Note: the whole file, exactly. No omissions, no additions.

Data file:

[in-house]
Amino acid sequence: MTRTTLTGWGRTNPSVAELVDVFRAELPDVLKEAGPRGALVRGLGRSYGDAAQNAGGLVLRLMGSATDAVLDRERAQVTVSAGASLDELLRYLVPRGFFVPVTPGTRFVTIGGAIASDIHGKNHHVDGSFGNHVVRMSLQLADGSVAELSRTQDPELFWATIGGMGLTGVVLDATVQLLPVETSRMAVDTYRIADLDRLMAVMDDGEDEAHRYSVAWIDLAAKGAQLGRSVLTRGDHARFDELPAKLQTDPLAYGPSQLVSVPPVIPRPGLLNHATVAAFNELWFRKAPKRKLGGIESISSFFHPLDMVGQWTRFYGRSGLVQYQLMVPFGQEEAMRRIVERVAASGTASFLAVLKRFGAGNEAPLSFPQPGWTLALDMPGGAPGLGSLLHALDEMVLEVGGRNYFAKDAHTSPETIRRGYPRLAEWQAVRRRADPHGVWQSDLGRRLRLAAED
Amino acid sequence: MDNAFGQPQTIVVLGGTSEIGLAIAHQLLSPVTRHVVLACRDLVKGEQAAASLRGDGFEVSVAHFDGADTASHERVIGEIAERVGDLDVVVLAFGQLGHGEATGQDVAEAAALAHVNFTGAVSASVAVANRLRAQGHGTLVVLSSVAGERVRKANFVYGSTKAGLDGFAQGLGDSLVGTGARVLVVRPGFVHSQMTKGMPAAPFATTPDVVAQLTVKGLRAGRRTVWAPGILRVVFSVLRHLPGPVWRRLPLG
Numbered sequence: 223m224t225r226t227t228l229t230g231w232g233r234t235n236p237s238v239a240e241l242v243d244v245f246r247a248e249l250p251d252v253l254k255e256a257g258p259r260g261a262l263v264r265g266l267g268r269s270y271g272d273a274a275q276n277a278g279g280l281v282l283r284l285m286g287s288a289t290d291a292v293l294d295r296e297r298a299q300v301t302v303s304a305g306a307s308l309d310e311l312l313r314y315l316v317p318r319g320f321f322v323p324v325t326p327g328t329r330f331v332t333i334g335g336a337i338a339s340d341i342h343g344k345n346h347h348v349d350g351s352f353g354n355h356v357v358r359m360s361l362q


[in-house]
Amino acid sequence: MTRTTLTGWGRTNPSVAELVDVFRAELPDVLKEAGPRGALVRGLGRSYGDAAQNAGGLVLRLMGSATDAVLDRERAQVTVSAGASLDELLRYLVPRGFFVPVTPGTRFVTIGGAIASDIHGKNHHVDGSFGNHVVRMSLQLADGSVAELSRTQDPELFWATIGGMGLTGVVLDATVQLLPVETSRMAVDTYRIADLDRLMAVMDDGEDEAHRYSVAWIDLAAKGAQLGRSVLTRGDHARFDELPAKLQTDPLAYGPSQLVSVPPVIPRPGLLNHATVAAFNELWFRKAPKRKLGGIESISSFFHPLDMVGQWTRFYGRSGLVQYQLMVPFGQEEAMRRIVERVAASGTASFLAVLKRFGAGNEAPLSFPQPGWTLALDMPGGAPGLGSLLHALDEMVLEVGGRNYFAKDAHTSPETIRRGYPRLAEWQAVRRRADPHGVWQSDLGRRLRLAAED
Amino acid sequence: MDNAFGQPQTIVVLGGTSEIGLAIAHQLLSPVTRHVVLACRDLVKGEQAAASLRGDGFEVSVAHFDGADTASHERVIGEIAERVGDLDVVVLAFGQLGHGEATGQDVAEAAALAHVNFTGAVSASVAVANRLRAQGHGTLVVLSSVAGERVRKANFVYGSTKAGLDGFAQGLGDSLVGTGARVLVVRPGFVHSQMTKGMPAAPFATTPDVVAQLTVKGLRAGRRTVWAPGILRVVFSVLRHLPGPVWRRLPLG
Numbered sequence: 223m224t225r226t227t228l229t230g231w232g233r234t235n236p237s238v239a240e241l242v243d244v245f246r247a248e249l250p251d252v253l254k255e256a257g258p259r260g261a262l263v264r265g266l267g268r269s270y271g272d273a274a275q276n277a278g279g280l281v282l283r284l285m286g287s288a289t290d291a292v293l294d295r296e297r298a299q300v301t302v303s304a305g306a307s308l309d310e311l312l313r314y315l316v317p318r319g320f321f322v323p324v325t326p327g328t329r330f331v332t333i334g335g336a337i338a339s340d341i342h343g344k345n346h347h348v349d350g351s352f353g354n355h356v357v358r359m360s361l362q